Lost duck


You have to love New Zealand! I’ve had the radio on in the kitchen while I cook and have just heard a news bulletin on the RNZ channel. The last item in this broadcast was from and for Masterston (a town of about 25,000 people 100kms north-east of Wellington) about an injured duck that was seen flying away from a fire. The community has been asked to keep an eye out for the duck. Some New Zealanders complain about trivial items on the news but I found this refreshing. It is also a welcome break from the news items about devastation from earthquakes and tsunamis, entitled white men insisting that their power not be diminshed, people being poisoned by secret agents from countries they used to live in … to say nothing about the daily outrages committed by the stable genius who lives in a house that is painted white.



We spent some time in Palmerston North last week. This is the first time I’ve explored this much maligned town and I was agreeably surprised. The town centre surrounds The Square, which has pleasant gardens and plenty of benches. There are interesting shops and cafes fragrant with coffee. There is a fantastic bookshop (https://bmbooks.co.nz/) and I had a long, interesting conversation with the proprietors of Pork Chop Hill clothing (https://www.porkchophill.nz/) about the origin of the name of their business. The art gallery and museum (https://www.temanawa.co.nz/) are well worth a visit. Best of all are the gardens and walking/cycling paths along the Manawatu River (see pic above). There is a paved path all the way along the river and it is well-used, judging by the number of cyclists I saw. There are also walking paths through the bush between the gardens of Victoria Esplanade and the river. These are a delight because of the dense foliage and the cacophony of birdsong. Go to Palmy – you may be as surprised as I was.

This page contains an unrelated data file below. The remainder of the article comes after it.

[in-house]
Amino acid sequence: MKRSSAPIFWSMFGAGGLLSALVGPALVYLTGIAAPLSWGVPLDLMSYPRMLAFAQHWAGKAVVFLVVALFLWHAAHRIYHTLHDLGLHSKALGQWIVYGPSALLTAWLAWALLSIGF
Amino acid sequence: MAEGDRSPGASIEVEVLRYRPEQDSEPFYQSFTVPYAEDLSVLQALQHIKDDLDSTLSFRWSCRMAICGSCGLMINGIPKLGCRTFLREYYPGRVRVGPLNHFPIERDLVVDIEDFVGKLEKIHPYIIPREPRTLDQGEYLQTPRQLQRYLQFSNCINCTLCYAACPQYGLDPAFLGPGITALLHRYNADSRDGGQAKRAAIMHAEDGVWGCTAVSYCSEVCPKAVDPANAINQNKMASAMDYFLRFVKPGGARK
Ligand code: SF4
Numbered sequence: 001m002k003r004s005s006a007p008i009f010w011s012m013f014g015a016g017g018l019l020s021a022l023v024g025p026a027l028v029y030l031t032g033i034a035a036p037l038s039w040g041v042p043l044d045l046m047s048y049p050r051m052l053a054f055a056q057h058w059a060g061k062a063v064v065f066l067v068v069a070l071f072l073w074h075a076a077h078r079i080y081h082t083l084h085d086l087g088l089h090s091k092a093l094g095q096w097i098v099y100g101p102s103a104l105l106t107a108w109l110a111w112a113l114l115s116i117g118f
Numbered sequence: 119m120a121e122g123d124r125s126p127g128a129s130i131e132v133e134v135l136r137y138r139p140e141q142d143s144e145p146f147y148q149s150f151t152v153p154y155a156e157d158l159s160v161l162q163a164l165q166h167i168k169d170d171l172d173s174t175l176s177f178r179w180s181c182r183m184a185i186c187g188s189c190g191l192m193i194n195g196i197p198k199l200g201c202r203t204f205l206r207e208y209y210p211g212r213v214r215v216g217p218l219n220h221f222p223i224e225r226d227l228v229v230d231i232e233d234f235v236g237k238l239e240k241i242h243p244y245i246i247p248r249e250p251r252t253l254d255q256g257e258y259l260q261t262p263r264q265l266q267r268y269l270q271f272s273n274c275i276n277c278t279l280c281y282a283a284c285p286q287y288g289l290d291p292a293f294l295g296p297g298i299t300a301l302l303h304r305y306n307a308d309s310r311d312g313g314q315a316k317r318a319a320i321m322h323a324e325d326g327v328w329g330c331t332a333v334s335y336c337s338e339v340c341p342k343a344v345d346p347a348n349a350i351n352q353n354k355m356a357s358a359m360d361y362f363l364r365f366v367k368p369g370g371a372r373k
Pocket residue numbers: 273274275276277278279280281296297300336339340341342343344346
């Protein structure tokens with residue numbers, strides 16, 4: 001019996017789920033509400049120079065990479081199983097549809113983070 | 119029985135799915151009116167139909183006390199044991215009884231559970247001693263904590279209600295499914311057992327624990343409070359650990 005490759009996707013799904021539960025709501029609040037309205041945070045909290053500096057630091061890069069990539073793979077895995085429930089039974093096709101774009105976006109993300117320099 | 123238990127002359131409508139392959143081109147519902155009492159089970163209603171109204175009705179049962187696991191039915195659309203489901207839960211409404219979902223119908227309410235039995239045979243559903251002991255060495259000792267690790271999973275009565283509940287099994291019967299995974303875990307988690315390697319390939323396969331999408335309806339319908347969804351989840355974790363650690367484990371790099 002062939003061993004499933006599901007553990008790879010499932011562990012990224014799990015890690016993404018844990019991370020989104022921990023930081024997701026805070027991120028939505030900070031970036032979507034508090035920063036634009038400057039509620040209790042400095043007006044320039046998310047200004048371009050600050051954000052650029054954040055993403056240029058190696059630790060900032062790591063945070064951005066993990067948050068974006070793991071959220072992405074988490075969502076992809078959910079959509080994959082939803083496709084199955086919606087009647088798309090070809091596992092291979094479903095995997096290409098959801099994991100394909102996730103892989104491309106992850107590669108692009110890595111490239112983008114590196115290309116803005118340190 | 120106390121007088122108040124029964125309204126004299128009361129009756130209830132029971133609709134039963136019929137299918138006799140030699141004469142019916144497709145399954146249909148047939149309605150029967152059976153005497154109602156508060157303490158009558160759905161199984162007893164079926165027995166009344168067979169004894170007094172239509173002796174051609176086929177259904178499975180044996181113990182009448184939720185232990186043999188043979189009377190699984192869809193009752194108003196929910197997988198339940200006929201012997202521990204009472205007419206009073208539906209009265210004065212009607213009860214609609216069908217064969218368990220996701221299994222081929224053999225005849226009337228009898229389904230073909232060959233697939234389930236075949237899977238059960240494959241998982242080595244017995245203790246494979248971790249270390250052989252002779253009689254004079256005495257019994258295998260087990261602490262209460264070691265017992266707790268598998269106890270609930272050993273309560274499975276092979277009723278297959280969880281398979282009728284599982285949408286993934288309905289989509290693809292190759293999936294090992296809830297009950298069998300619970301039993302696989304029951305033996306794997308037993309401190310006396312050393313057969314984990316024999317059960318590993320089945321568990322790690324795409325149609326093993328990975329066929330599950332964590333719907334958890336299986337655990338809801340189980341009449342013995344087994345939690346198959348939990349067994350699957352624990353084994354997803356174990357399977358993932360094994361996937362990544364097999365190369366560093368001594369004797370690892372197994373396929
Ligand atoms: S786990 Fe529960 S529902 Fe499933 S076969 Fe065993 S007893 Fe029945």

Waka on the Waitemata


This experience is one of the highlights of my year in Auckland – sailing on the Waitemata harbour in a waka, a traditional double-hulled canoe, with an expert crew of Maori sailors. As we went under the harbour bridge, photographer Chris McKeen snapped this amazing photo. Look closely – I am standing to the left of the front sail, wearing a blue cap. It was a gorgeous summer’s day with smooth water and deep blues skies. We meandered around the harbour with its spectacular views of Auckland city and some of the islands of the Hauraki Gulf. I will never forget it.

Wellington on a beautiful day